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MEElectronics CX21 / CX21P

Meelectronics CX21 400x300.jpg
Reviewed Jan 2011

Details: Entry-level model from Meelec’s new ‘clarity’ series of IEMs
Current Price: N/A (discontinued) (MSRP: $39.99; $44.99 for CX21P with mic)

Specs: Driver: Dynamic | Imp: 16Ω | Sens: 101 dB | Freq: 15-20k Hz | Cable: 4.4’ 45°-plug
Nozzle Size: 5mm | Preferred tips: Stock single-flanges, Stock bi-flanges
Wear Style: Straight down or over-the-ear

Accessories (4/5) – Single-flange (3 sizes), bi-flange, and triple-flange silicone tips, shirt clip, and zippered carrying case
Build Quality (3.5/5) – The housings of the CX21 are made completely out of plastic and feel a bit cheap next to the older M-series models. The cable is quite nice and completely identical to the one used on the higher-end CW31, down to the low-profile 45°-plug
Isolation (3/5) – Isolation is good with an over-the-ear fit and longer tips
Microphonics (4.5/5) – Nearly absent with over-the-ear wear, low otherwise
Comfort (4/5) – The angled housings of the CX21 resemble old Shure models (of the E3/E4 generation) and fit similarly. With an over-the-ear fit and longer tips the housings actually clear my ears completely and remain comfortable for hours

Sound (6.6/10) – While the consumer-oriented ‘M’-series of Meelec’s lineup is moving closer and closer to basshead heaven with the latest releases, the CX21 represents a move in a different direction. As a part of the new clarity series, the CX21 pursues a brighter, more balanced sound, competing with the likes of the Maximo iM-590 and Brainwavz M1. The CX21 has less bass than any of Meelec’s other dynamics but still narrowly beats the armature-based A151 in impact and depth and delivers more punch than the similarly-priced Brainwavz M1. When it comes to texture and detail the Brainwavz, unburdened by the need to deliver sizeable impact, still win out but the CX21 doesn’t lag far behind.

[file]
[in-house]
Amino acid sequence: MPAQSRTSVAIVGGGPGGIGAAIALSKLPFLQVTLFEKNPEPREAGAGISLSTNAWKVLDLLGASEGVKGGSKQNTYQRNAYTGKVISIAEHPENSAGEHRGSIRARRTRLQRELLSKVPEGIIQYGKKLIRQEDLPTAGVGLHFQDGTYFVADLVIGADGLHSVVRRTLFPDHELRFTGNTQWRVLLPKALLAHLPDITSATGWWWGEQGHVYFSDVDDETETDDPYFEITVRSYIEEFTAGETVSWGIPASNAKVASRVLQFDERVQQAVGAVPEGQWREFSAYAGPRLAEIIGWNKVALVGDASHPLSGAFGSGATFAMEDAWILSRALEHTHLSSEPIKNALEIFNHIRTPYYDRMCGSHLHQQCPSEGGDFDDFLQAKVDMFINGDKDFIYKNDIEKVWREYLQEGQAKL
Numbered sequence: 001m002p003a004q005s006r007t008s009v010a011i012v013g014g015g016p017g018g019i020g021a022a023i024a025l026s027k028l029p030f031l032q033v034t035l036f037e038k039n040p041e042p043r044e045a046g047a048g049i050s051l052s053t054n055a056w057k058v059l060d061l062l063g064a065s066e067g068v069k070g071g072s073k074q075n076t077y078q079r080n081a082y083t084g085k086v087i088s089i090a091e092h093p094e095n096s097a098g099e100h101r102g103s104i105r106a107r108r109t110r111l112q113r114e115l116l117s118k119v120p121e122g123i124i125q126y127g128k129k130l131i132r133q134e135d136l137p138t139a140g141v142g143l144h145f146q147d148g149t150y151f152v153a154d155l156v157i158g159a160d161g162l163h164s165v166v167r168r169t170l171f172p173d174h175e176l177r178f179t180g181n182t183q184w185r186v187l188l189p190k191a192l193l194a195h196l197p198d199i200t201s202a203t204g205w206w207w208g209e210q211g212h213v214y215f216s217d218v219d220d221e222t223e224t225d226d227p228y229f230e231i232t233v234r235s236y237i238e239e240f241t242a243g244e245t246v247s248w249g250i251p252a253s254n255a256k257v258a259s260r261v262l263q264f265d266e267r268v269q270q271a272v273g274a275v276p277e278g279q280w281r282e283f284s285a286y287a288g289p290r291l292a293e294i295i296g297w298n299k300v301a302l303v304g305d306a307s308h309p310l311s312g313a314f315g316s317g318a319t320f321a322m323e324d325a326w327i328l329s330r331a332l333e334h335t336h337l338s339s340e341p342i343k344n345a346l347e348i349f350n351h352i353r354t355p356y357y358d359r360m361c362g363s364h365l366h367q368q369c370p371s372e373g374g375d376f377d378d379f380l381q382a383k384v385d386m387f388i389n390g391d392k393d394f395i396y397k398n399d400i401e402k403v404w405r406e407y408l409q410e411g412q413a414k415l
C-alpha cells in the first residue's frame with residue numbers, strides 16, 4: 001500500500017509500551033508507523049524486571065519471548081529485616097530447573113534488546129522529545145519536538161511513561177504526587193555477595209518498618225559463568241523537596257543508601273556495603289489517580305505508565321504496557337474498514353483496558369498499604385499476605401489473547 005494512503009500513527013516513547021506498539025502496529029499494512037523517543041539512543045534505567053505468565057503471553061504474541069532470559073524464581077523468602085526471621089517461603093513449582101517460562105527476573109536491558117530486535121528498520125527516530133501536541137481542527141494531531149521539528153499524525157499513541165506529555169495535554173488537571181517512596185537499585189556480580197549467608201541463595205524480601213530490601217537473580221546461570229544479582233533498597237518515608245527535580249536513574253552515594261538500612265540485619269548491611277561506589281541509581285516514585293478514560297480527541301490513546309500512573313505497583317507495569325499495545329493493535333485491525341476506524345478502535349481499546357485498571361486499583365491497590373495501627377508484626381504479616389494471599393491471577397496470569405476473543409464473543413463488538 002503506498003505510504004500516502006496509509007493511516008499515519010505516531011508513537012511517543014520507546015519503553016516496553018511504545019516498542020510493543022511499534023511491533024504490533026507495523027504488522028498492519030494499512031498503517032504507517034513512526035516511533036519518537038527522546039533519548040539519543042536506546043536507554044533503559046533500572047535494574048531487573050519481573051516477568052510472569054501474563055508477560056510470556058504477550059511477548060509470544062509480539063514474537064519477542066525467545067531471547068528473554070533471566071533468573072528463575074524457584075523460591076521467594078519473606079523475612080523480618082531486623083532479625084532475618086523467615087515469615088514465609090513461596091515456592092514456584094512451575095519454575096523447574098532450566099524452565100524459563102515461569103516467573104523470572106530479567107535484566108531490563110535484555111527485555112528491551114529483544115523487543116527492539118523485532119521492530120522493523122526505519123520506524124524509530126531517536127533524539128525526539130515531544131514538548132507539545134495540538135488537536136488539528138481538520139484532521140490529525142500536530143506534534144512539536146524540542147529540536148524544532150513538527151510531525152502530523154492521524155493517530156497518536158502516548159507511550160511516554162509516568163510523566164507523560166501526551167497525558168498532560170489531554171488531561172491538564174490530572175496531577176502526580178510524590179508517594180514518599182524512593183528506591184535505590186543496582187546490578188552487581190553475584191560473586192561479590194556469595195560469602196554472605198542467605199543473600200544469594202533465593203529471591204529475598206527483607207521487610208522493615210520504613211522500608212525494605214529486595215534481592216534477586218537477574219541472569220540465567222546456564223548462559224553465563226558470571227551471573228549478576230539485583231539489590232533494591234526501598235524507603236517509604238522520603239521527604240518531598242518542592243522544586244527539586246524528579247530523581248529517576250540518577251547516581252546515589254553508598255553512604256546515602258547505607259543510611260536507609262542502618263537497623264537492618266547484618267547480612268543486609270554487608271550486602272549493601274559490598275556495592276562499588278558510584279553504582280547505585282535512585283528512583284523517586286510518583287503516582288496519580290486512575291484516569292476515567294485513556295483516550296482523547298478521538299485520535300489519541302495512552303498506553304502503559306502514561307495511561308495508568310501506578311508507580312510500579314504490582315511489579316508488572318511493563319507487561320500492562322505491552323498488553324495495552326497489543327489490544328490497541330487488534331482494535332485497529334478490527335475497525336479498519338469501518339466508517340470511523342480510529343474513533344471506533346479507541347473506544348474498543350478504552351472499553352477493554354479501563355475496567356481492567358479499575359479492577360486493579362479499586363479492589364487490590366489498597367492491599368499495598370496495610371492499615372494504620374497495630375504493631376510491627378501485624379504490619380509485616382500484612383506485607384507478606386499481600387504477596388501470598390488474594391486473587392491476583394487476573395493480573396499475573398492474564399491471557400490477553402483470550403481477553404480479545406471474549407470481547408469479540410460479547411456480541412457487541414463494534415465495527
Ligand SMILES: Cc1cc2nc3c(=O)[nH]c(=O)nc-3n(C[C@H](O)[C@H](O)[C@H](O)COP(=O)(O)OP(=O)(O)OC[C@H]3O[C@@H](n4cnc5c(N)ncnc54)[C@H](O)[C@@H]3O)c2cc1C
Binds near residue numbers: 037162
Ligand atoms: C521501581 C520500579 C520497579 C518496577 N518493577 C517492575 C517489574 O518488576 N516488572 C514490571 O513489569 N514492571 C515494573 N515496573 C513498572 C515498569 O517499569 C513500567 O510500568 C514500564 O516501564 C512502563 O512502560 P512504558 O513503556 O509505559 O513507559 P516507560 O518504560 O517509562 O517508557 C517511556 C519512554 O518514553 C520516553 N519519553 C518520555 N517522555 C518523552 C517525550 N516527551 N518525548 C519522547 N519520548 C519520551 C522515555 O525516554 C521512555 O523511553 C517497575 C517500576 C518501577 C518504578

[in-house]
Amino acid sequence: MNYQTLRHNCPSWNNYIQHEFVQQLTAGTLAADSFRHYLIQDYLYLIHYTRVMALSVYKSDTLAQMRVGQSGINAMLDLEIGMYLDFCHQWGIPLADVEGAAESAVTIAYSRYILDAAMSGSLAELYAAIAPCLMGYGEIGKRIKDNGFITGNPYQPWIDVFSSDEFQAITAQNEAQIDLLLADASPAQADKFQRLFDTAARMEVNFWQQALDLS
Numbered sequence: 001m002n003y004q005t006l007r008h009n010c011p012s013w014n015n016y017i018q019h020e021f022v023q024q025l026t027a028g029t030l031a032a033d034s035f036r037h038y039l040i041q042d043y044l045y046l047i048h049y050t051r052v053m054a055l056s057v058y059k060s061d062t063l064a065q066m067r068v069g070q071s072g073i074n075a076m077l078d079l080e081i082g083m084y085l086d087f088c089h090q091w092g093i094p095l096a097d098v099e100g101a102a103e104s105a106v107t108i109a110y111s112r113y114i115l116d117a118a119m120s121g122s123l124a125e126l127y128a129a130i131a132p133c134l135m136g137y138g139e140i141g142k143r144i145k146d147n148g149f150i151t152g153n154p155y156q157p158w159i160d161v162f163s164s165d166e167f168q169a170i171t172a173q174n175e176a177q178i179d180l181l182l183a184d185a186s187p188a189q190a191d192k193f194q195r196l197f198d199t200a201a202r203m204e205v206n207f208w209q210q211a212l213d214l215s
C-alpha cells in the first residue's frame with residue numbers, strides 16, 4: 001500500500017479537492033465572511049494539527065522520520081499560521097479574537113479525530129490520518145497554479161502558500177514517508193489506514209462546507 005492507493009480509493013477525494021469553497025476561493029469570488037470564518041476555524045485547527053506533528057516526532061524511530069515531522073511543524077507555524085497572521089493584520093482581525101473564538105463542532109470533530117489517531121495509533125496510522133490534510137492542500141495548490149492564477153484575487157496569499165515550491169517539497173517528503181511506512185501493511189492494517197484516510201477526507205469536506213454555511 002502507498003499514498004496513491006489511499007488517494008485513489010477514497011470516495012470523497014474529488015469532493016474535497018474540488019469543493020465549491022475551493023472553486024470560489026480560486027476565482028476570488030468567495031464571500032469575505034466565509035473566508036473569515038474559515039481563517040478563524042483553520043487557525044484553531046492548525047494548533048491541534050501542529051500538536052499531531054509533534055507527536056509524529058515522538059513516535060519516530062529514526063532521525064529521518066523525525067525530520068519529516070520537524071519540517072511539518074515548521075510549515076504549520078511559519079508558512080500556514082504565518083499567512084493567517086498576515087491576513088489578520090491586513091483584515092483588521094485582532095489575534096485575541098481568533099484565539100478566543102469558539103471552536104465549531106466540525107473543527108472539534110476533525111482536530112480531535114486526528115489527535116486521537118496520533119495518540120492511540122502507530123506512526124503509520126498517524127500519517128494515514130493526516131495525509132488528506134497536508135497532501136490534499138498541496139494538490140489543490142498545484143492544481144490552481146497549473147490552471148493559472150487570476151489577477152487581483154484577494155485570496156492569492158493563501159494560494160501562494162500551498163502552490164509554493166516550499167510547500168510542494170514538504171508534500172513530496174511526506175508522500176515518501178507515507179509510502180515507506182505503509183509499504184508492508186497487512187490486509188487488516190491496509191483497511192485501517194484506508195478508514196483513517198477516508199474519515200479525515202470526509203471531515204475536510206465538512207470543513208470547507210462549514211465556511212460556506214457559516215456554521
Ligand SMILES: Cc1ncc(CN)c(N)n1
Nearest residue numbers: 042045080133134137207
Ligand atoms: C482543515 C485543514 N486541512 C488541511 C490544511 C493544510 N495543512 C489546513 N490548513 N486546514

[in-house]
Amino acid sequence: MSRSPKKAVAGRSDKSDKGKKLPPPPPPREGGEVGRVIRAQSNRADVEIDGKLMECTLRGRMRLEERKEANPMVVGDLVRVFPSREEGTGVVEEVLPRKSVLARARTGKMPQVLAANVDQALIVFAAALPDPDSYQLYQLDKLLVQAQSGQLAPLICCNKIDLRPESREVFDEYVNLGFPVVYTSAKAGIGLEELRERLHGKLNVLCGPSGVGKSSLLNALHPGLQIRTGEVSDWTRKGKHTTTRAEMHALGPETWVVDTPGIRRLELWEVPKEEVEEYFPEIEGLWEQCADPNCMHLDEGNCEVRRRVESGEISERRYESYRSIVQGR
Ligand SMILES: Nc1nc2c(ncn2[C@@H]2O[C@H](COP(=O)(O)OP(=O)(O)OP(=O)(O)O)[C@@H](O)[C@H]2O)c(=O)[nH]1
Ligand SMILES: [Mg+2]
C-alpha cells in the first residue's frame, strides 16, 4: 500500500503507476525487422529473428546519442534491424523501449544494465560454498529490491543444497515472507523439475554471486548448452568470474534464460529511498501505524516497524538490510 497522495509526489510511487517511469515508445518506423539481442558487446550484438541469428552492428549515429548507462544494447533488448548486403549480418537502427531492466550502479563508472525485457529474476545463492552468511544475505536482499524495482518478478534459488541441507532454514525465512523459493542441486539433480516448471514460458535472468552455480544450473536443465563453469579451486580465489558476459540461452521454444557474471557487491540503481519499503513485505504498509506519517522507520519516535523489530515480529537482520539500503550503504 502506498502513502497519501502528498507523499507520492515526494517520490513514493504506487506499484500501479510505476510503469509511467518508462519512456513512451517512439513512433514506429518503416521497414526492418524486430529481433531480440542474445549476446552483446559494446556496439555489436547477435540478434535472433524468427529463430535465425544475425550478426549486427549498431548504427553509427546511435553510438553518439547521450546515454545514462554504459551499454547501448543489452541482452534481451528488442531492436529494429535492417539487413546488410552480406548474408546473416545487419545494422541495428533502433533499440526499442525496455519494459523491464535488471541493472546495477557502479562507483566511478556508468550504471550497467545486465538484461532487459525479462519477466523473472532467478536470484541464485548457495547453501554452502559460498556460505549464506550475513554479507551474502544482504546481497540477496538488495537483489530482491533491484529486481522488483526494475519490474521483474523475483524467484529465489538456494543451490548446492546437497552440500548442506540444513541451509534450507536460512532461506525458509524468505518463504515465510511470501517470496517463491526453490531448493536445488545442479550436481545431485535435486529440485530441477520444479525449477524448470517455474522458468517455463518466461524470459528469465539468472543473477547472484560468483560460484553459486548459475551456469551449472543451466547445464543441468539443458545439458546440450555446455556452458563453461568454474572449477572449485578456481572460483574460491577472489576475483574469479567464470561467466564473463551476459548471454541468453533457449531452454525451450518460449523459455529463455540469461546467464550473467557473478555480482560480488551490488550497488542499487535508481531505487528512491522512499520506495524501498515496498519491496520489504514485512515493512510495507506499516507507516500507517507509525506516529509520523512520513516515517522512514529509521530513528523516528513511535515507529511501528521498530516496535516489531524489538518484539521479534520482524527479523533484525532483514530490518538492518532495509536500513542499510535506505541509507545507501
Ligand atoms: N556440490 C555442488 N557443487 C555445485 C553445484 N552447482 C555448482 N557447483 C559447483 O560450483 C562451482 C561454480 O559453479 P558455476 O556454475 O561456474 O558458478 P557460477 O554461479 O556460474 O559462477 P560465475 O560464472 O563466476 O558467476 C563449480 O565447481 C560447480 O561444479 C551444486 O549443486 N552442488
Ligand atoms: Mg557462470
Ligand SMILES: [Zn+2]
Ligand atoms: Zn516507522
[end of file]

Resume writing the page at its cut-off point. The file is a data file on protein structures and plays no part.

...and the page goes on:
Expectedly, there is no midrange bleed, which allows the CX21 to stay true to its name and provide impressive clarity across the range. The mids are in good balance with the bass – neither as forward as those of the Brainwavz M1 nor as recessed as those of the Meelec M9 or M6 – and can be characterized as crisp and detailed. The CX21 does sound thinner in the mids than the Brainwavz M1, sacrificing the lush smoothness of the Brainwavz mids for a dryer sound with slightly more upper midrange emphasis. Despite this, the treble of the CX21 is neither harsh nor sibilant unless the track calls for it. It lacks the sparkle of the Maximo iM-590 and the softness of the Brainwavz M1, appearing a bit hard-edged and, at times, lacking fine detail. Top-end extension is good for the asking price – about on-par with the Brainwavz M1 and lagging just a tad behind the iM-590.

In terms of presentation, the CX21 is merely competent – the average-sized soundstage has plenty of air and good separation and positioning, partly due to the excellent clarity, but it doesn’t portray distance as well as the higher-end A151. The timbre is a touch less natural than that of the higher-end CW31 and the Brainwavz M1/M2 and the dynamic range is also a bit poorer than that of the Brainwavz earphones. Tonally, the CX21 is quite neutral, sounding more like the RE-ZERO or Etymotic MC5 than the brighter Maximo iM-590 or darker Meelec A151. Such neutrality is rare among budget IEMs, which makes the CX21 arguably more unique in sound signature than the higher-end CW31 and puts it in good company with sets such as the Apple Dual-Driver in-ears and ECCI PR200.

Value (8/10) – The CX21 is Meelec’s first attempt at a neutral sound signature and, for the money, it hits the nail square on the head. With a slight bit of added bass kick and good presence throughout, the CX21 accompanies the pricier CW31 in filling out the middle third of Meelec’s model range and competes well with the other entry-level all-rounders. The angled housings make the CX21 comfortable for over-the-ear use and microphonics are impressively low, making up for the plasticky construction of the earphones. Those looking for warmth or powerful bass will vastly favor the CW31 (or one of the M-series models) but I quite like the slightly analytical tilt of the lower-end earphone.

Pros: Low microphonics, comfortable, balanced and neutral sound
Cons: Least impressive build quality of all Meelec products





Living in the fast-paced city of Los Angeles, ljokerl has been using portable audio gear to deal with lengthy commutes for the better part of a decade. He spends much of his time listening to music and occasionally writes portable audio reviews across several enthusiast sites, focusing mostly on in-ear earphones.


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